WASHINGTON - June 20 - The House Ethics Committee is expected to shortly announce new rules that would provide for the Committee to pre-approve privately-funded trips taken by House members in this country and around the world.
''Pre-approval by the thoroughly discredited House Ethics Committee of privately-funded trips for House members is simply a way for the Committee to legitimize and perpetuate the existing system of widespread travel abuses by House members,'' according to Democracy 21 President Fred Wertheimer.
''A pre-approval process will ensure that private interest influence-seekers can continue to buy access and influence with House members by providing them with substantial financial perks in the form of expensive trips to desired locations domestically and throughout the world,'' Wertheimer said.
According to a recent study issued by the Center for Public Integrity (CPI), the Representatives on the House Ethics Committee and their staff alone spent nearly $1 million on privately-funded trips during the period from January 2000 to June 2005.
Rep. Howard Berman (D-Calif.), the Ranking Democrat on the Ethics Committee, and his staff, led the way for Ethics Committee members, with about 80 privately-funded trips at a cost of $245,000 during the five and a half year period, according to the study.
''Is there any reason to believe that Representative Berman thinks that the 80 or so trips he and his staff took were improperly funded and should not be approved in the future by the Ethics Committee?'' Wertheimer said. ''Given his own past travel record, is there any reason to believe that Representative Berman is going to be prepared to crack down on his colleagues' trips in the future?'' Wertheimer added.
''The same concerns hold true for other members of the House Ethics Committee, who, with their staffs, have spent large sums on privately-funded travel according to the CPI study,'' Wertheimer stated.
In addition to Chairman ''Doc'' Hastings (R-Wash.) and his staff, who spent $70,000 on privately-funded trips during the period, the top spenders, including staff, were Representatives Gene Green (D-Texas), $198,000; Stephanie Tubbs Jones (D-Ohio), $130,000; Mike Doyle (D-Pa.) 95,000; Tom Cole (R-Okla.), $78,000 and Judy Biggert (R-Ill.), $60,000.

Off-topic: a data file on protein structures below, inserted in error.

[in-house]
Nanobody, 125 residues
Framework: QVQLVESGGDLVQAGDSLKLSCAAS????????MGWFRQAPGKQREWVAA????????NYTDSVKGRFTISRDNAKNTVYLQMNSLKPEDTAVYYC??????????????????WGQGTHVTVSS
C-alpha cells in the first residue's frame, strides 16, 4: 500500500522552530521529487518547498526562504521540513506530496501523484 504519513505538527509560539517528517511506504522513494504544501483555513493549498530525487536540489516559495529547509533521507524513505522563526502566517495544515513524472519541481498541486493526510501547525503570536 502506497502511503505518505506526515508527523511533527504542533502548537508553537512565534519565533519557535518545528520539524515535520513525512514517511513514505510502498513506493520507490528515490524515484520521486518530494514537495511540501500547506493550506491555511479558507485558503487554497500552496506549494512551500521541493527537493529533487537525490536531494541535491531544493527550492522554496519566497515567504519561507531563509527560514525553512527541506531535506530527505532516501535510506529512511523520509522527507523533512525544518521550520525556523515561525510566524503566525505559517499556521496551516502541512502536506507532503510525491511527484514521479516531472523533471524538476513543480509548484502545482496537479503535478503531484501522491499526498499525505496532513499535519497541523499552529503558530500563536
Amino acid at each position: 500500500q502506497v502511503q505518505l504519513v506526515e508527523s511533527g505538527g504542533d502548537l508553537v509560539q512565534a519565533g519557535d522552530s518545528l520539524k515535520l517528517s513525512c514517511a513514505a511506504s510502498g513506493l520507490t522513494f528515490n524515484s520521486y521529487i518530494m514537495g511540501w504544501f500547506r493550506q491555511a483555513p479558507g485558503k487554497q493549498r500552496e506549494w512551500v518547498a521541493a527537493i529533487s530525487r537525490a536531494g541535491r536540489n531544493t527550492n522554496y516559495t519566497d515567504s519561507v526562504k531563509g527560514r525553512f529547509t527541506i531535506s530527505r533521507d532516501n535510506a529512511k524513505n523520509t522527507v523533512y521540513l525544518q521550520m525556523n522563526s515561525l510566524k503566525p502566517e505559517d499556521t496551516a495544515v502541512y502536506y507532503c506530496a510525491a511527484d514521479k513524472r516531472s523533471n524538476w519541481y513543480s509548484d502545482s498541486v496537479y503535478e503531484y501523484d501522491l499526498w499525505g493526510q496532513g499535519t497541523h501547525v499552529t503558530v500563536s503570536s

According to the CPI study of House Ethics Committee members, ''The Democratic members took in excess of 140 trips--more than their Republican counterparts by a 4-to-1 margin. According to disclosure forms, the travel expenses of Democrats and their staffers also accounted for more than $690,000, roughly 70 percent of sponsors' spending.''
The CPI study found that members of Congress and their staff, as a whole, received nearly $50 million in privately-funded travel during the period, including at least 200 privately-funded trips to Paris, 150 to Hawaii and 140 to Italy.
In a letter sent to members of the House Ethics Committee on June 12, 2006, five reform groups expressed their strong opposition to the creation of a pre-approval process by the House Ethics Committee for privately-funded travel for Members.
The groups include the Campaign Legal Center, Democracy 21, the League of Women Voters, Public Citizen and U.S. PIRG. The groups stated in the letter:
We strongly oppose the use of pre-approval by the House Ethics Committee to legitimize privately-funded travel for two basic reasons.
First, pre-approval by the House Ethics Committee of privately-funded trips will not stop the widespread abuses that have occurred in the House as a result of private groups paying for trips by Members whose decisions and votes they are trying to influence. At the same time, it will reduce a Member's own accountability for taking privately-funded trips.
Second, the House Ethics Committee has no public credibility. The Committee has failed to enforce even the limited existing House ethics rules governing travel, failed to investigate the Jack Abramoff lobbying scandals and failed to even function during most of this Congress.
There is no reason for the public to have any confidence in decisions by the House Ethics Committee about what is acceptable privately-funded travel, even if such a process was an effective way to end travel abuses by Members, which it is not.
If members of Congress are traveling on official business for public purposes, it is the public that should pay for such trips, not private interests.
The five reform groups further stated in their June 12 letter:
There is no reason to believe that a system of pre-approval of privately-funded trips for Members is going to stop vacation-type trips for Members to Paris, Hawaii, Italy and the like.
There is no reason to believe that a system of pre-approval of privately-funded trips for Members is going to stop private interests from using privately-funded trips to gain special access to and influence with Members, and in particular with the most powerful members of the House.